distribution makes this impractical. ("Where Can I Get Linux Material
by FTP?") There are also a large number of other releases which are
distributed less globally that suit special local and national needs.
Many of them are archived at ftp://ftp.tux.org/

1.3. What Software Does Linux Support?

Linux supports GCC, Emacs, the X Window System, all the standard Unix
utilities, TCP/IP (including SLIP and PPP), and all of the hundreds of
programs that people have compiled or ported to it.

There is a DOS emulator, called DOSEMU. The latest stable release is
0.98.3. The FTP archives are at ftp://ftp.dosemu.org/dosemu The Web
site is http://www.dosemu.org.

The emulator can run DOS itself and some (but not all) DOS
applications. Be sure to look at the README file to determine which
version you should get. Also, see the DOSEMU-HOWTO (slightly dated at
this point--it doesn't cover the most recent version of the program),
at ftp://metalab.unc.edu/pub/Linux/docs/HOWTO.

Work has been progressing on an emulator for Microsoft Windows
binaries. ("Can I Run Microsoft Windows Programs under Linux?")

iBCS2 (Intel Binary Compatibility Standard) emulator code for SVR4 ELF
and SVR3.2 COFF binaries can be included in the kernel as a
compile-time option. There is information at
ftp://tsx-11.mit.edu/pub/linux/BETA/ibcs2/README.

For more information see the INFO-SHEET, which is one of the HOWTO's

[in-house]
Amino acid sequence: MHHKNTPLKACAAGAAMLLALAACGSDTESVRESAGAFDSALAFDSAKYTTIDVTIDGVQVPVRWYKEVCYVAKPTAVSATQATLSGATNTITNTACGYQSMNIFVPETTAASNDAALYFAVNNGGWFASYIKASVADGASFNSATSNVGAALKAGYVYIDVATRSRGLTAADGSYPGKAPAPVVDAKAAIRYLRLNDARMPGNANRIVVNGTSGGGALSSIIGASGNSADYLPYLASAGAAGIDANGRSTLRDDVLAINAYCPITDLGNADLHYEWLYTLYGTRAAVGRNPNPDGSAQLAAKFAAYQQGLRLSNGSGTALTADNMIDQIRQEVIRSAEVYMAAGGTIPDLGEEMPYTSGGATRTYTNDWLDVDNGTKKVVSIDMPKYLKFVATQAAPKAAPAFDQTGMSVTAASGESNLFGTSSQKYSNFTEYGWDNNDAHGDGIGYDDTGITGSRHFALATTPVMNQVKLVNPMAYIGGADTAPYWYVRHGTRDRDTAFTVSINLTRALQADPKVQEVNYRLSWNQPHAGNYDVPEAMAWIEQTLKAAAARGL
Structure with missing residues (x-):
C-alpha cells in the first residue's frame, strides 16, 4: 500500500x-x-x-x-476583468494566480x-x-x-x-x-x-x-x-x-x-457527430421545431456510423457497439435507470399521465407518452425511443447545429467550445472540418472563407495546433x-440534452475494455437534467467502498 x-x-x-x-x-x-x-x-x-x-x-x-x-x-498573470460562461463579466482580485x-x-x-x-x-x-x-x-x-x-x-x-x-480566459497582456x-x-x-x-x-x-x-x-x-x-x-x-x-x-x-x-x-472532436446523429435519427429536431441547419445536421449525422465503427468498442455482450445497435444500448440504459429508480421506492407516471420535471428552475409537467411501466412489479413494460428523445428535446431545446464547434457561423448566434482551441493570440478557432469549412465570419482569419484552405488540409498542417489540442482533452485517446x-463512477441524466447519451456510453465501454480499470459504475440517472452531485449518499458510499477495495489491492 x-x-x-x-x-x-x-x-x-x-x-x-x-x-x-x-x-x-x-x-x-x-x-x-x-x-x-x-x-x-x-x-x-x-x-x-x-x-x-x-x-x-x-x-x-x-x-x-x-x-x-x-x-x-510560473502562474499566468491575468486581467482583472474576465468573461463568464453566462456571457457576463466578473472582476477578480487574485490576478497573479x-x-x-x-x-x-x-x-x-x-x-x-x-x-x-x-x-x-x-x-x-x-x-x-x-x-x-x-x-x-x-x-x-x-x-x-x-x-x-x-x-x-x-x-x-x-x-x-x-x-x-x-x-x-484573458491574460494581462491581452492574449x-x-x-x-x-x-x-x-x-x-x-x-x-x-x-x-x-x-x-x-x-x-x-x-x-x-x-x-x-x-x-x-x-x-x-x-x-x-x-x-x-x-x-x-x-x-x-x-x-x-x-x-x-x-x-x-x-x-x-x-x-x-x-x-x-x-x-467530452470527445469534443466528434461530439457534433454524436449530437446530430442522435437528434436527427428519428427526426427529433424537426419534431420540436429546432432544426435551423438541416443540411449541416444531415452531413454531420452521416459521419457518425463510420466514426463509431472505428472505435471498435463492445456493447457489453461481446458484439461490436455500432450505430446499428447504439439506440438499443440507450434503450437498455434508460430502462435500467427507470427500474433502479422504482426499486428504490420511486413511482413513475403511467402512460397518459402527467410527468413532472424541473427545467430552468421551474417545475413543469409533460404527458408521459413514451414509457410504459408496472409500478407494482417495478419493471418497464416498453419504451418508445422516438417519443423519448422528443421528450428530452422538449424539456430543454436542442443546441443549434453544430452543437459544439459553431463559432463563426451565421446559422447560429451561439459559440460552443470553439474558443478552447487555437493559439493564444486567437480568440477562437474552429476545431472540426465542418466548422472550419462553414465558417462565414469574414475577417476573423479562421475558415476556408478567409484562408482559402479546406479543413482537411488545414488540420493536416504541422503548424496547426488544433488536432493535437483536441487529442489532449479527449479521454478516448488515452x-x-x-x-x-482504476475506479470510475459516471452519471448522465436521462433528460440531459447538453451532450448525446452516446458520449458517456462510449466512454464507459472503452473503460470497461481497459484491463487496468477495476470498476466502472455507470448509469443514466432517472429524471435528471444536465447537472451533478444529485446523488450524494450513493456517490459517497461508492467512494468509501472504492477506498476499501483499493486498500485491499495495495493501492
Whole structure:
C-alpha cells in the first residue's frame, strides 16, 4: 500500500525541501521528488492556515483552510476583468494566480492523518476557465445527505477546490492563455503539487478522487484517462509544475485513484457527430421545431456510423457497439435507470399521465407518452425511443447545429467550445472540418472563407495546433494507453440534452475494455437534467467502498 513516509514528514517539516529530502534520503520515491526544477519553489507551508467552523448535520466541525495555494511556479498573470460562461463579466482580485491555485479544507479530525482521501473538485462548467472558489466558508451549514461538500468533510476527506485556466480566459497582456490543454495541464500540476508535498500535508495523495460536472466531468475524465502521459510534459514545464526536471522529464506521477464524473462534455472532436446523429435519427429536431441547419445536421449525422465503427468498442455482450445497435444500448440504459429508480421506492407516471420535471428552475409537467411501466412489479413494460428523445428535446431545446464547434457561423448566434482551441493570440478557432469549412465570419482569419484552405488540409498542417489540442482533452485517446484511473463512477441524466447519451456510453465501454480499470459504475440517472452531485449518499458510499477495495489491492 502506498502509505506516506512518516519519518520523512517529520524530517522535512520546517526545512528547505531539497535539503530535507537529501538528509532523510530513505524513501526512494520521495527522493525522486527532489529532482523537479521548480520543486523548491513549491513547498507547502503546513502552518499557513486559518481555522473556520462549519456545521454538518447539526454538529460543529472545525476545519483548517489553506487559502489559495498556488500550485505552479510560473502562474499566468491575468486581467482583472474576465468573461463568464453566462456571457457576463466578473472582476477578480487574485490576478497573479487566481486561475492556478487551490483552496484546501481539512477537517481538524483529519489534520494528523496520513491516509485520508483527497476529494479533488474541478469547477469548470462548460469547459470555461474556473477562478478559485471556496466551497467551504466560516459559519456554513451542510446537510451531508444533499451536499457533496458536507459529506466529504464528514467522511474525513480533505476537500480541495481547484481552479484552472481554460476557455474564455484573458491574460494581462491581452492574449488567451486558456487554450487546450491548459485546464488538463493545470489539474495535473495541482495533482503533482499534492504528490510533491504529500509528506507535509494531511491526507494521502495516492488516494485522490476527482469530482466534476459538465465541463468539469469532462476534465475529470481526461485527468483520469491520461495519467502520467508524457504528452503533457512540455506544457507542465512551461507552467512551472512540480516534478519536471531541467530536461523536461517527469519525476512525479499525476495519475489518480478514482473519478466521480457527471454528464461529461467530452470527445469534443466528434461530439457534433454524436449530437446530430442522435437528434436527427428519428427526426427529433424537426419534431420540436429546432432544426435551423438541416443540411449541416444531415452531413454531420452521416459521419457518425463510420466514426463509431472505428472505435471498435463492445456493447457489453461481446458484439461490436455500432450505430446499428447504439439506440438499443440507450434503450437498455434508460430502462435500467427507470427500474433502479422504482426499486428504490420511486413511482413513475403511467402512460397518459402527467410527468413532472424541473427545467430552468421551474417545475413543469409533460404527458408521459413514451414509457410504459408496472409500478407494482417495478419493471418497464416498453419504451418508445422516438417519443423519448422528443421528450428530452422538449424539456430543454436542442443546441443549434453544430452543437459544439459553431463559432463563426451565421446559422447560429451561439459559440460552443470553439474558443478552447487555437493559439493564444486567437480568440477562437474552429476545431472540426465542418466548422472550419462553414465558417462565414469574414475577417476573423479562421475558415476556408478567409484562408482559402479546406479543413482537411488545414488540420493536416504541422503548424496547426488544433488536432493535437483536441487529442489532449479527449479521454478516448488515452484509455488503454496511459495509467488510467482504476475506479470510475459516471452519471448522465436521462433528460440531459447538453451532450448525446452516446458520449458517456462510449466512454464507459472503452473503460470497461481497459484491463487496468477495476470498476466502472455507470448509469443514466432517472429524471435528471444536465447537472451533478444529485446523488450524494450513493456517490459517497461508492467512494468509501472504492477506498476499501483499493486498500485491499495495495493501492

("Where Can I Get the HOWTO's and Other Documentation?" and "How Do I
Port XXX to Linux?")

Some companies have commercial software available, including Motif,
WordPerfect, and Framemaker. They often announce their availability on
comp.os.linux.announce-- try searching the archives. ("Are the News
Groups Archived Anywhere?")

1.4. Does Linux Run on My Computer? What Hardware Is Supported?

A minimal Linux installation requires a machine for which a port
exists, at least 2Mb of RAM, and a single floppy drive. But to do
anything even remotely useful, more RAM and disk space are needed.
Refer to: "What Ports to Other Processors Are There?", "How Much Hard
Disk Space Does Linux Need?", and "How Much Memory Does Linux Need?"

Intel CPU, PC-compatible machines require at least an 80386 processor
to run the standard Linux kernel.

Linux, including the X Window System GUI, runs on most current
laptops. Refer to the answer for: "How Do I Know If My Notebook Runs
Linux?" There are numerous sources of information about specific PC's,
video cards, disk controllers, and other hardware. Refer to the
INFO-SHEET, Laptop HOWTO, and the Hardware HOWTO. ("Where Can I Get
the HOWTO's and Other Documentation?")